[Advaita-l] Holding back knowledge (was Re: SRI SUKTAM - Meaning)
Siva Senani Nori
sivasenani at yahoo.com
Tue Mar 3 00:29:04 CST 2009
Dear Sri Narayan
Holding back knowledge - deliberately or unwittingly - is not really the correct starting point. Taking the ashTaadhyaayii as a reference point, this can be elaborated.
The various lists of ganas given in the appendices need to be understood properly to get a full grip of the book; similarly a small explanatory remark ("this is a definition" against the sutra specifying 'Guna' vowels) against each sutra etc. make the book far more accessible. My teacher Sri Prof. B V L Narayan Row (bvlnrow at gmail.com) has with many such aids-to-understanding demonstrated how the ashTaadhyaayii can be learnt more easily. So, if the starting point is "can we change the presentation to make it a bit easier for the student to learn", the answer is yes, by all means. And, I am not saying this theoretically.
About four hundred years or so back, a traditional scholar (Bhattoji Dikshita) did the re-presentation; it is called the siddhaantakaumudii, making it a whole lot easier to learn grammar. One way of looking at it is that these attempts are being continuously made with varying degrees of success. Some, like the Tarka Sangraha, stand out as the most preferred text book in that particular subject (nyaaya, in this case); others (say, the various prakaraNa granthas attributed to Sri Sankara or the alankaara Saastra granthas by various Kashmiri scholars) are held collectively in high esteem; yet others - say, the Bhamati - define a particular sub-set within a school; and others - most famously the Bhagavadgita and later the Dakshinamurthy stotra - stand out as The Reference Summary of the subject in question.
With reference to the vedas, far from keeping the essential teachings secret, the basic secret of the vedas have been propagated in multiple forms. Dara Sikoh, the son of Shah-jahan and elder brother of Aurangazeb, similarly believed that the Hindus were hiding certain secrets and got the great secret (Upanishads), Sirr-e-Akbar, tranlsated into Persian. Even with the translation, he was not happy is what I read. The secrecy is not in the words - ayamaatmaa brahma - but is perceived due to the difficulty in understanding it or in realising it (not only as in experiencing the truth of the statement, but as in mathematics where one 'realises' a theorem with a proper proof).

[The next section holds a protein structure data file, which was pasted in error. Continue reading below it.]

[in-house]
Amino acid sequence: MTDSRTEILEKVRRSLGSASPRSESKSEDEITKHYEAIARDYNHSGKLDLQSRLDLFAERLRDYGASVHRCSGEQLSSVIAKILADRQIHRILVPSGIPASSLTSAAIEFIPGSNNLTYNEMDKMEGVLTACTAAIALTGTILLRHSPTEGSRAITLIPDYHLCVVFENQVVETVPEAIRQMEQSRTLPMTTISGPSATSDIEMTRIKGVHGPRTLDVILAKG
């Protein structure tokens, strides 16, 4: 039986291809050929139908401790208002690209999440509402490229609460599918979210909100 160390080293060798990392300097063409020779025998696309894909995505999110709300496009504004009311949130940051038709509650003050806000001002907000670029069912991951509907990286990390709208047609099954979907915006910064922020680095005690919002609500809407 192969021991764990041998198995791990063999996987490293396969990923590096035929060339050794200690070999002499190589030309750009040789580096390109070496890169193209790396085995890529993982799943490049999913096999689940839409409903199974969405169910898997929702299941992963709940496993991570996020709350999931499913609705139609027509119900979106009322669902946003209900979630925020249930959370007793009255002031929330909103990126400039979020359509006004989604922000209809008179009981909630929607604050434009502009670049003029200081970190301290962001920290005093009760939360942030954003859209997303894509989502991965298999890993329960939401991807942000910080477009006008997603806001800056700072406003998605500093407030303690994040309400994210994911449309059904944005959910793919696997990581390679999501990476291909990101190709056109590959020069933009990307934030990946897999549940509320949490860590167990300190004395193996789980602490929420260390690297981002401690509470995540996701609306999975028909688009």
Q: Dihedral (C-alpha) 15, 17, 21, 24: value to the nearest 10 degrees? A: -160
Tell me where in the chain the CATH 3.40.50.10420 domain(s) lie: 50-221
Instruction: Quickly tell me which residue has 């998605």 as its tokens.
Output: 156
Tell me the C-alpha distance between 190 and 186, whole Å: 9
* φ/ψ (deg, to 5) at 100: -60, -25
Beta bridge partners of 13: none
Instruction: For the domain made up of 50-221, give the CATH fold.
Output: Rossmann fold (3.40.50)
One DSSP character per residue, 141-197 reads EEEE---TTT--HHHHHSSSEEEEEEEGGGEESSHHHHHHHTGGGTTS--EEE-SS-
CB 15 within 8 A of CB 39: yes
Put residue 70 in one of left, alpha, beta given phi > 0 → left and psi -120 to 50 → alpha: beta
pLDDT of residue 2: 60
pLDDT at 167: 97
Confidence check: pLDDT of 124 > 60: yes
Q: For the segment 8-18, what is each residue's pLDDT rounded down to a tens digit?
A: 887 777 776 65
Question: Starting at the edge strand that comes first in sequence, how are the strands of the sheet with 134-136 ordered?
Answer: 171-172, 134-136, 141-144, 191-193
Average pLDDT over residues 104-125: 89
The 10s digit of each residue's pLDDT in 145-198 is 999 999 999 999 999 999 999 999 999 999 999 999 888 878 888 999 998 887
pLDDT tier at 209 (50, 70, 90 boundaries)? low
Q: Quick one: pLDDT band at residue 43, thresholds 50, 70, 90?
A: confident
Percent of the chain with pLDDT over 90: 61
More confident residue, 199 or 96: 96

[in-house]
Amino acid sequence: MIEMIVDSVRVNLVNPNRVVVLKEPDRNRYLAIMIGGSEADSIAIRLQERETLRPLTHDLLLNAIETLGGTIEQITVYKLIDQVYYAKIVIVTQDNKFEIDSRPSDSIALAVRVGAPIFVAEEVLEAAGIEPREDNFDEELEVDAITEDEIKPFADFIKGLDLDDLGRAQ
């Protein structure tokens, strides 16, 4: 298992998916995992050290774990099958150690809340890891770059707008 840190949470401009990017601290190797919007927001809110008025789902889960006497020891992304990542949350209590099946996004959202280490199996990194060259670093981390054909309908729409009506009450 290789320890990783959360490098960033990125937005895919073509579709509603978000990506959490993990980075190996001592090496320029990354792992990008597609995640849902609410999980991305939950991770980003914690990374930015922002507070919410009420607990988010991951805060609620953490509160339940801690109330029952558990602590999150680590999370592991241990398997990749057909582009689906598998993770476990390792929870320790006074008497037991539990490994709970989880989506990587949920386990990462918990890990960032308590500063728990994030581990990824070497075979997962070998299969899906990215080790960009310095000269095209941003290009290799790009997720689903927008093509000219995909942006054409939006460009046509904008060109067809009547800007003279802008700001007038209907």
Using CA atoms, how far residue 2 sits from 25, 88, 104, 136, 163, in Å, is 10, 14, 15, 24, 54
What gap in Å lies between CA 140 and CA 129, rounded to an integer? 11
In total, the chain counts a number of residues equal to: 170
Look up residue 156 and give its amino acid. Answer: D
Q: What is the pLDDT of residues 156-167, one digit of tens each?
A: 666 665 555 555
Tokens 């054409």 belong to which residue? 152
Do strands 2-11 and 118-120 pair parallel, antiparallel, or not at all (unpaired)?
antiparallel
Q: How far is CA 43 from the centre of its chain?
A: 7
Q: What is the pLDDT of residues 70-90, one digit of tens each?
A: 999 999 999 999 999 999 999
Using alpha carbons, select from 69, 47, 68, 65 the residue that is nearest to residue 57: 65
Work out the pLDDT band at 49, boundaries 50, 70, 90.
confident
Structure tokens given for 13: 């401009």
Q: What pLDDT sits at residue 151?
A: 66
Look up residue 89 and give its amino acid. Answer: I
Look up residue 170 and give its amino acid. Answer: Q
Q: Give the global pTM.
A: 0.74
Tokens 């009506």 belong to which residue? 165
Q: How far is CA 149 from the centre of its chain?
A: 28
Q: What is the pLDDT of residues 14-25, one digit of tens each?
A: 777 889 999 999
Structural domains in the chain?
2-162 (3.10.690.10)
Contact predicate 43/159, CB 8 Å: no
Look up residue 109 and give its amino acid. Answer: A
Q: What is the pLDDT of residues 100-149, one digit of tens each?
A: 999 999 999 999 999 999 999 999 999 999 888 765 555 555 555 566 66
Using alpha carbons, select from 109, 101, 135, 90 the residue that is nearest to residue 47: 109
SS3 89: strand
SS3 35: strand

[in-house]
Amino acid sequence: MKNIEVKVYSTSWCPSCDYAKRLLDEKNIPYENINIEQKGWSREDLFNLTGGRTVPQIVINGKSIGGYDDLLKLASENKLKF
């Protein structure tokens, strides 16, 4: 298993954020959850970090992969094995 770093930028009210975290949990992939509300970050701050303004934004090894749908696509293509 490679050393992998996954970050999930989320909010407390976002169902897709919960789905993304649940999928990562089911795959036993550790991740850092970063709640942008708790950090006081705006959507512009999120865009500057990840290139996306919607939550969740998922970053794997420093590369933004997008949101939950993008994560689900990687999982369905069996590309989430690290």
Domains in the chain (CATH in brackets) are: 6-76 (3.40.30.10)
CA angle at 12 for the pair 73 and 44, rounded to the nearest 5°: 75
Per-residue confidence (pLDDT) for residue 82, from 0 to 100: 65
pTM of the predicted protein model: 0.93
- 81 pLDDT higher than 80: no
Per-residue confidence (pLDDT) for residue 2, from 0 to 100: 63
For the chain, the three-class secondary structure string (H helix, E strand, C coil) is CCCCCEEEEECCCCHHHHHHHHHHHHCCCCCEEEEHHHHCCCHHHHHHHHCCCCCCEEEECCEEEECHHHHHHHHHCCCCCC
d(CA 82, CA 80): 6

Every stotra - the thousand names of Vishnu or the Mother, say - attempts to teach the key secrets; every kalpa (the manual for doing a particular rite) is a compilation of the most important aspects of the Veda. This propagation became the then equivalent of modern pop music with singer-saints like Meera, Jnandev, Kabir, Nanak, Tulsidas, Annamayya, Vallabhacharya, Narayanateertha, Tyagaraja-Dikshitar-Shyama Sastri, Ramadasu and Mangalampalli Balamuralikrishna. Why, even the modern-day film songs - from Sankarabharanam or Dasavataram, for instance - are full of the essence of vedanta.
So, far from holding back, there is an assault going on. It is up to one to find the form and flavour that appeals to one.
And this, I address to the larger group:
Mesdames and Sirs, one of the five Debts we have is to the rishis, who have accumulated this knowledge; even in conjectures, let us not be anything less than grateful to those great rishis.
From: narayan iyer <z1e1b1r1a at yahoo.com>
To: A discussion group for Advaita Vedanta <advaita-l at lists.advaita-vedanta.org>
Sent: Sunday, March 1, 2009 8:48:24 PM
Subject: Re: [Advaita-l] SRI SUKTAM - Meaning
Namase Sri Bharadwaj-ji,
> > Also many nuances and finer aspects often were held back
> from the text by a
> shrewd shastrkara and were dedicated to the traditional
> parampara channels,
> to minimize the possibility of the valuable knowledge going
> into the wrong
> hands. Even Panini resorted to this.
> It is because of this consciously introduced lacunae that
> these texts are
> open to disparate, heterogeneous interpretations.
> The key is only with the one that is a part of a live
> parampara....and is therefore guhya.
I too have heard similar things. But I have doubts whether nuances or finer aspects were deliberately held back. Now regarding valuable knowledge going into wrong hands, who are the presumed wrong hands? Would the vedic knowledge have helped the "wrong hands" without adhikaratwa? Can you please elaborate?
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